September 18, 2008

Motivation to Make Courses Difficult

By: in Teaching and Learning, Teaching Professor Blog

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“Truly awful teaching in higher education is most often revealed by a sheer lack of interest in and compassion for students and student learning. It repeatedly displays the classic symptom of making a subject seem more demanding than it actually is. Some people may get pleasure from this kind of masquerade. They are teaching very badly if they do. Good teaching is nothing to do with making things hard. It is nothing to with frightening students. It is everything to do with benevolence and humility; it always tries to help students feel that a subject can be mastered; it encourages them to try things out for themselves and succeed at something quickly.” (p. 98)

Paul Ramsden writes those words in his book, Learning to Teaching in Higher Education. (It is an excellent book, published in Great Britain and difficult now to obtain in the U.S.) It points out something about college teaching that almost never gets discussed—the motivation teachers have to make things difficult.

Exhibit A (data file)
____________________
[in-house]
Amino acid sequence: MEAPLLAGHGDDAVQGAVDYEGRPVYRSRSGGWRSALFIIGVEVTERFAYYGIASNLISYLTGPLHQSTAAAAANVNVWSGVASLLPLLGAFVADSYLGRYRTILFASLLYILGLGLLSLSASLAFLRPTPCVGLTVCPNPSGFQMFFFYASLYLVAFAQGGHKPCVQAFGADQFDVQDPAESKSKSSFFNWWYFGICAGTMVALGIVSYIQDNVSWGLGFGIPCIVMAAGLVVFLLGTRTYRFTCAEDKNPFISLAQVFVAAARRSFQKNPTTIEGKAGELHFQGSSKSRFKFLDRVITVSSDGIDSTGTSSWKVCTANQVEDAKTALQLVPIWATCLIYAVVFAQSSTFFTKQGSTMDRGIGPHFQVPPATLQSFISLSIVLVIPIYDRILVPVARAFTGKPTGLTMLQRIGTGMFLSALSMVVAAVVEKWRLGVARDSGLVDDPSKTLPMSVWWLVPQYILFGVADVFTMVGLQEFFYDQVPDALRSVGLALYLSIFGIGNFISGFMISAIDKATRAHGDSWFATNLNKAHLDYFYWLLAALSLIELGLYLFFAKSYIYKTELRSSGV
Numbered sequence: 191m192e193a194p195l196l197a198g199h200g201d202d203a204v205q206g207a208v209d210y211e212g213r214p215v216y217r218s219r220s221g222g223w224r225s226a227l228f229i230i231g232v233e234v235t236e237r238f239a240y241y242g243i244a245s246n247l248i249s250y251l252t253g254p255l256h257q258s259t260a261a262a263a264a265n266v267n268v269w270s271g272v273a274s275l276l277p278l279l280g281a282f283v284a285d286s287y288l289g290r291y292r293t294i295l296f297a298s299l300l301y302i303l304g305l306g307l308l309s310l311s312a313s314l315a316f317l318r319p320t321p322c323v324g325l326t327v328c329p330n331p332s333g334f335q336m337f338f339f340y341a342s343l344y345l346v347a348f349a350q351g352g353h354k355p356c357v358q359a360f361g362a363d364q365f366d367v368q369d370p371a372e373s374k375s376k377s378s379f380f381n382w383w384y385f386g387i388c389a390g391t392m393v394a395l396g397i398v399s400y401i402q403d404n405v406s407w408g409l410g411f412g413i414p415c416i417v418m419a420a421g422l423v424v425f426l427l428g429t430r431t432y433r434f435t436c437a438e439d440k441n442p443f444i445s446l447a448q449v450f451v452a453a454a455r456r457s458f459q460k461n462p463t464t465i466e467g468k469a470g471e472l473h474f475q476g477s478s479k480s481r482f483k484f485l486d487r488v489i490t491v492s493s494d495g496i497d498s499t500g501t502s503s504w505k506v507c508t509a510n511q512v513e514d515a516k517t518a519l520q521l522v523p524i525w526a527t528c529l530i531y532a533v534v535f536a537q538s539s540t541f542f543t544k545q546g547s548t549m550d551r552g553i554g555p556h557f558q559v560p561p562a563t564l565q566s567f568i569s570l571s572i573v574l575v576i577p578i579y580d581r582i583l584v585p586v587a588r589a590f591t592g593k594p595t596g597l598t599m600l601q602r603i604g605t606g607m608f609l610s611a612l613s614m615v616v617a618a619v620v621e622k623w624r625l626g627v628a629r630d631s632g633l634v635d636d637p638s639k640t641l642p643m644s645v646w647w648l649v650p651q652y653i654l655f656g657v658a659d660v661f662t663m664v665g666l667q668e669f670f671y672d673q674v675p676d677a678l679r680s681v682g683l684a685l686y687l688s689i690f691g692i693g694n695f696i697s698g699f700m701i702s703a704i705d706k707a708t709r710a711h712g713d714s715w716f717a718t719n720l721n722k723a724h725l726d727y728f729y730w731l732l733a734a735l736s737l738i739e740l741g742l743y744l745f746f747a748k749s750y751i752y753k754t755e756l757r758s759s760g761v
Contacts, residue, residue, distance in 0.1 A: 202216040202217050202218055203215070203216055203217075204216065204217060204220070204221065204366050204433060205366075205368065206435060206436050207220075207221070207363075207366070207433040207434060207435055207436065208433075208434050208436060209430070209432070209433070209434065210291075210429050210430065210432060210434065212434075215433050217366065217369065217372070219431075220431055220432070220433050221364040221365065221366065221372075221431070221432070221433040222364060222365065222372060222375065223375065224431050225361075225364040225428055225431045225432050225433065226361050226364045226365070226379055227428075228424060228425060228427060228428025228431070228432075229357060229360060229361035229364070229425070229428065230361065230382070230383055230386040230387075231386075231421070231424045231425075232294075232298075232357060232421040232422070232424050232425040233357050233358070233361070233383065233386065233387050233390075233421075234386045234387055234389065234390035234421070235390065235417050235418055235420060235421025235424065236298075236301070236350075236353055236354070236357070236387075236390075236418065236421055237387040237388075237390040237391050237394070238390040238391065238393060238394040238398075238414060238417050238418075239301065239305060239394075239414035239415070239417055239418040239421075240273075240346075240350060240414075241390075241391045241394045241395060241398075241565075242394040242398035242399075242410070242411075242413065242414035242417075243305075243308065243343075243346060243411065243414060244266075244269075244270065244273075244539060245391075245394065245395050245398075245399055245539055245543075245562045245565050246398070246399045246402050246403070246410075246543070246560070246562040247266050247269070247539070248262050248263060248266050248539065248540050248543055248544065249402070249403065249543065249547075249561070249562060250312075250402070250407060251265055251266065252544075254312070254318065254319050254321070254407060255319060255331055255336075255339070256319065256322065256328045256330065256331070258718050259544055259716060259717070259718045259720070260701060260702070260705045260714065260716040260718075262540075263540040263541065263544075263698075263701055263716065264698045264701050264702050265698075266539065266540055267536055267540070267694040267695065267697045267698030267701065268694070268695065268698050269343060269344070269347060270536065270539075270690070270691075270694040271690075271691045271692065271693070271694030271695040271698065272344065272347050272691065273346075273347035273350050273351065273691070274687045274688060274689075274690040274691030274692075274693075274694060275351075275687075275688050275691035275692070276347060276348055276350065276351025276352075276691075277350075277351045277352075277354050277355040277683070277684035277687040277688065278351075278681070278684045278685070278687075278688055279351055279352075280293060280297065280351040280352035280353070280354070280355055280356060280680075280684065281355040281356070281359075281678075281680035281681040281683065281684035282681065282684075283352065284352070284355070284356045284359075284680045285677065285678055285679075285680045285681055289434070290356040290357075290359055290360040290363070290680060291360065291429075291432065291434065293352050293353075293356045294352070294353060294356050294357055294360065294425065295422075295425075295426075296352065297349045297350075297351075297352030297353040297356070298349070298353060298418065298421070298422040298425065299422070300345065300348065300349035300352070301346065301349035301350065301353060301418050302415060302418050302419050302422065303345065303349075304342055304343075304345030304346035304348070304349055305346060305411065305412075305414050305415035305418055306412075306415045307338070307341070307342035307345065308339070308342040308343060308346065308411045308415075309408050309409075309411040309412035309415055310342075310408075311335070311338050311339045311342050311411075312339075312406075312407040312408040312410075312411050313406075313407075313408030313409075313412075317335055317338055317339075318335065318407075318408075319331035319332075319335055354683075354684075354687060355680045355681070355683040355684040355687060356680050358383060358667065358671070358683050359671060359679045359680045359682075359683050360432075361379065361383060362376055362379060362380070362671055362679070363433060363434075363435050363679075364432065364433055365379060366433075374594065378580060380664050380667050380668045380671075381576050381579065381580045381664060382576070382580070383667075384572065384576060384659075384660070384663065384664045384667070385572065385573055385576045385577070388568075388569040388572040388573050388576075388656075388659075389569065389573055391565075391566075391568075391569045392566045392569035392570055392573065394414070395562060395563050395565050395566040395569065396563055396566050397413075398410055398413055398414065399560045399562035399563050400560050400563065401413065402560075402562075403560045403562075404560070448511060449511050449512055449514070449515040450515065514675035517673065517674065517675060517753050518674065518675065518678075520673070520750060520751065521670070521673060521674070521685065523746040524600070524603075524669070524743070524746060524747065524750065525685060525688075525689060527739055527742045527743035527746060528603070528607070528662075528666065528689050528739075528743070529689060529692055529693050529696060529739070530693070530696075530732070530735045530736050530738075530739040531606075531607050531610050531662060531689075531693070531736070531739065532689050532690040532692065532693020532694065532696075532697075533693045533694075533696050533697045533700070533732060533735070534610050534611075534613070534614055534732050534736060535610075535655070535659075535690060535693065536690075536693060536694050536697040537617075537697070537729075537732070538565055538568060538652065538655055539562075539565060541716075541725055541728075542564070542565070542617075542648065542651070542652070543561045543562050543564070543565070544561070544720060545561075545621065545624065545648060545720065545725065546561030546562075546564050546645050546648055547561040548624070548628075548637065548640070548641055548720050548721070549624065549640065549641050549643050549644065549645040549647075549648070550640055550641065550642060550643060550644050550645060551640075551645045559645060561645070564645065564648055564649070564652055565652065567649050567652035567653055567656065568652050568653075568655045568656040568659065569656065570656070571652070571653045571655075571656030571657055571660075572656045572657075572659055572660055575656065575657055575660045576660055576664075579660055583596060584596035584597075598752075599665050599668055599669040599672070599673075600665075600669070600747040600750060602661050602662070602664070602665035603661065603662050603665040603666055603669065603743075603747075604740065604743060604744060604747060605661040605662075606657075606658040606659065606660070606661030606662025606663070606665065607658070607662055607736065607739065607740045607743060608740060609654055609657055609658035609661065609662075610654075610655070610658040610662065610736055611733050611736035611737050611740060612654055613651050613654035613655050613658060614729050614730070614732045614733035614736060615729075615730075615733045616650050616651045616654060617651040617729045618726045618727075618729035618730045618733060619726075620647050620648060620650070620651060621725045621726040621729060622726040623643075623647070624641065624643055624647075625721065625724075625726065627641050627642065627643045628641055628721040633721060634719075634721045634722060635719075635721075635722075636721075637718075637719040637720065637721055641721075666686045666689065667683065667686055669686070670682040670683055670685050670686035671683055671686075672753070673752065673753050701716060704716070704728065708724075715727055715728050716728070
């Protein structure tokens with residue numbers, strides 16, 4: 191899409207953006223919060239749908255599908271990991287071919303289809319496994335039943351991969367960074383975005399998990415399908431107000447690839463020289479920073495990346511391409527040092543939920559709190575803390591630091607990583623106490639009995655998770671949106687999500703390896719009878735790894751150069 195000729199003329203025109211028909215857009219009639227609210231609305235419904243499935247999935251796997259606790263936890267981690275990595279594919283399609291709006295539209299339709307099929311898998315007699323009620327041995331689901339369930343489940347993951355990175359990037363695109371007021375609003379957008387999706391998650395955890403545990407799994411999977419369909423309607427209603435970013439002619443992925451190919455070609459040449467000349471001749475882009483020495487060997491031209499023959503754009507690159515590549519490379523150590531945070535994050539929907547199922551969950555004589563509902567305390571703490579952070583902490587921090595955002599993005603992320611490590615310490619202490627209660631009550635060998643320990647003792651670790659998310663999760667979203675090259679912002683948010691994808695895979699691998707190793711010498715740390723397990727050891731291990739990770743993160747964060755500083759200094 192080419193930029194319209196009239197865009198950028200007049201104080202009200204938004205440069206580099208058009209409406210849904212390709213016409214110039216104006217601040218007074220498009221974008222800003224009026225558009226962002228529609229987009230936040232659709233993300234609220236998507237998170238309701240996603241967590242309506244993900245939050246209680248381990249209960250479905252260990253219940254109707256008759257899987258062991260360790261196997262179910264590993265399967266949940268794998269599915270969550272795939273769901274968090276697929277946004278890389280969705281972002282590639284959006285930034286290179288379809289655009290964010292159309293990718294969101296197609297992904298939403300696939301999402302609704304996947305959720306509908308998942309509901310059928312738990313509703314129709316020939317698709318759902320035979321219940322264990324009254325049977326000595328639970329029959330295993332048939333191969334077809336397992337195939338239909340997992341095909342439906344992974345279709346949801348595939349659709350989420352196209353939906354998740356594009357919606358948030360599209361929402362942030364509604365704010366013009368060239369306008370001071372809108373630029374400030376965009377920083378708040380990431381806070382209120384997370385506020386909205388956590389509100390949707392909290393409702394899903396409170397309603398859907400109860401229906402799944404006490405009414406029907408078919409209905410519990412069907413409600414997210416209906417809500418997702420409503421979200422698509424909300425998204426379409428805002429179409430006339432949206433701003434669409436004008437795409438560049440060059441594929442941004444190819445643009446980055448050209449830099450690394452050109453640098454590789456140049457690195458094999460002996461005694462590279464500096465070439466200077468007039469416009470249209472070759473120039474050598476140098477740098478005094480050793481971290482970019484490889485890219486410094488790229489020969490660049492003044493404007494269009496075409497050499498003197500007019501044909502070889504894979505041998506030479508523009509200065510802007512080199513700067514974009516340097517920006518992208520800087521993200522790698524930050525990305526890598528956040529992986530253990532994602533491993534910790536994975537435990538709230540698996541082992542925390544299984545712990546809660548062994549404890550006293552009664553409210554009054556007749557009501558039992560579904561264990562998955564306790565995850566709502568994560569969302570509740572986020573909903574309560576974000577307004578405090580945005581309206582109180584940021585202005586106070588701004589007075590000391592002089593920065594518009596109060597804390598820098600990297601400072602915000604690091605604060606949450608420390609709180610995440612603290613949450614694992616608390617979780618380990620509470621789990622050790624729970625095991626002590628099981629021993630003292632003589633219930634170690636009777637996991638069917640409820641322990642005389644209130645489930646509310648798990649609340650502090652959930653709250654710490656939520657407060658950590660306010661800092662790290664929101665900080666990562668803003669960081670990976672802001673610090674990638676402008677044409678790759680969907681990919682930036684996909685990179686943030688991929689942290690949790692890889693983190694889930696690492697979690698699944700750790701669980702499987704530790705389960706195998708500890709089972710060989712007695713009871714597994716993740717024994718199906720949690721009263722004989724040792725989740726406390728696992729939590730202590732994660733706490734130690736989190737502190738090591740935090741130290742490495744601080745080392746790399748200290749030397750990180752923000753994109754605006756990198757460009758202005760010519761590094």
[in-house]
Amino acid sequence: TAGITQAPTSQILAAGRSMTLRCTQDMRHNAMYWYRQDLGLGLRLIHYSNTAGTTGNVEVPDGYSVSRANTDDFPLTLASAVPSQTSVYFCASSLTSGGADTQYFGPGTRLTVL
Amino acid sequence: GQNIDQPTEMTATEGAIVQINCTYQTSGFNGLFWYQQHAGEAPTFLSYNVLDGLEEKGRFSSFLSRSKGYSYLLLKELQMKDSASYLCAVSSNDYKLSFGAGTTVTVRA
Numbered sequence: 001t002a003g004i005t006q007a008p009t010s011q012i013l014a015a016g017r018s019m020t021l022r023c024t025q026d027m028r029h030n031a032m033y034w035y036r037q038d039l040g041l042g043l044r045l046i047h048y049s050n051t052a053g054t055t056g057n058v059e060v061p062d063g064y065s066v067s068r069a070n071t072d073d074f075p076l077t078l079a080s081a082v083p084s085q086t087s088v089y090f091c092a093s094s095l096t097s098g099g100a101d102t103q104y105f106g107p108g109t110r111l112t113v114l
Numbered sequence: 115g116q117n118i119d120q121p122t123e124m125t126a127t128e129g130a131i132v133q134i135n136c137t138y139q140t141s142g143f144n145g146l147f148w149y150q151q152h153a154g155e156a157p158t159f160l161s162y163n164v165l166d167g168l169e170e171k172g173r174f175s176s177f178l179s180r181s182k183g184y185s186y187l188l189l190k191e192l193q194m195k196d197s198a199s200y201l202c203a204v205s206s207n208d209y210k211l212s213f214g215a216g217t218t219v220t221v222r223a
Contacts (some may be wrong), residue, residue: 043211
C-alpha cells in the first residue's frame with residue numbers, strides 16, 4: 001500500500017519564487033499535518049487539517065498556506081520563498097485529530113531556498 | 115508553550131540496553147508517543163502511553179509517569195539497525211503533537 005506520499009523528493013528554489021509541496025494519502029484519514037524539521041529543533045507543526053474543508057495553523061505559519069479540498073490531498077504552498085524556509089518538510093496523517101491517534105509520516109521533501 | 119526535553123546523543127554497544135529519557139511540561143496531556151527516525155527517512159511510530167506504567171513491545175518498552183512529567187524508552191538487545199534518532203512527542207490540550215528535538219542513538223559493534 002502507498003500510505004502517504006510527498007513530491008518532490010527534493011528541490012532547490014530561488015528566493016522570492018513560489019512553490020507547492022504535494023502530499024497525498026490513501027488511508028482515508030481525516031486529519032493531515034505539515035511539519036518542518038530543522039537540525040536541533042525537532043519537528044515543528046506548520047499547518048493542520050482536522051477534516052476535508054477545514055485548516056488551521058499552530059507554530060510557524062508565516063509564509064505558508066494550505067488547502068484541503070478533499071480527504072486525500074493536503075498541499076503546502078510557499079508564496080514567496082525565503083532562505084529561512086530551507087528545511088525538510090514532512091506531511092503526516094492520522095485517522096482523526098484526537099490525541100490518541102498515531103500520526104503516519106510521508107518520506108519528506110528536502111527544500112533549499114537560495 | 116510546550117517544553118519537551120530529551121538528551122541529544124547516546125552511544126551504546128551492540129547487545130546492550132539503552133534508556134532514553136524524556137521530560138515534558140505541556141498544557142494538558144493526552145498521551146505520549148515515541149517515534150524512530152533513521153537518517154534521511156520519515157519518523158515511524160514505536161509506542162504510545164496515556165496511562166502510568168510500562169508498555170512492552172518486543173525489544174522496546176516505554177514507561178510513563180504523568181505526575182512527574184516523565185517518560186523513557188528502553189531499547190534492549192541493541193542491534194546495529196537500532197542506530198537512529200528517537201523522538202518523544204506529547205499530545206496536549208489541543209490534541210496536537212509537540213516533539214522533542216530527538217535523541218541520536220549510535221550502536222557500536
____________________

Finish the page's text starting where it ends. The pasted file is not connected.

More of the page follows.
I’m not even sure the motivation is explicit. I think it results from the commitment to maintain standards and standards are almost always tied to the presence of lots of complicated content. What further complicates the relationship between standards and content is that they have become linked to course reputation. You don’t establish yourself as a pedagogue of note if you teach easy courses. It’s the hard courses, the ones with really high standards, that establish your reputation as a serious teacher.

How does course difficulty benefit students? Ramsden says it doesn’t. Those who disagree would say that content in every field is complicated and students need to experience that first hand. Content isn’t going to be easy in the world of work. And then there’s a need to challenge students, to make them step up to the plate, to see if their intellectual muscle is really that strong and if it isn’t, they can be advised to opt for an “easier” field.

I’m not sure that Ramsden would dispute those points. I don’t think good teaching ignores content complexity or avoids challenging students. I think he’s after something else … making content difficult for reasons that have everything to do with the teacher and nothing to do with the students.

—Maryellen Weimer

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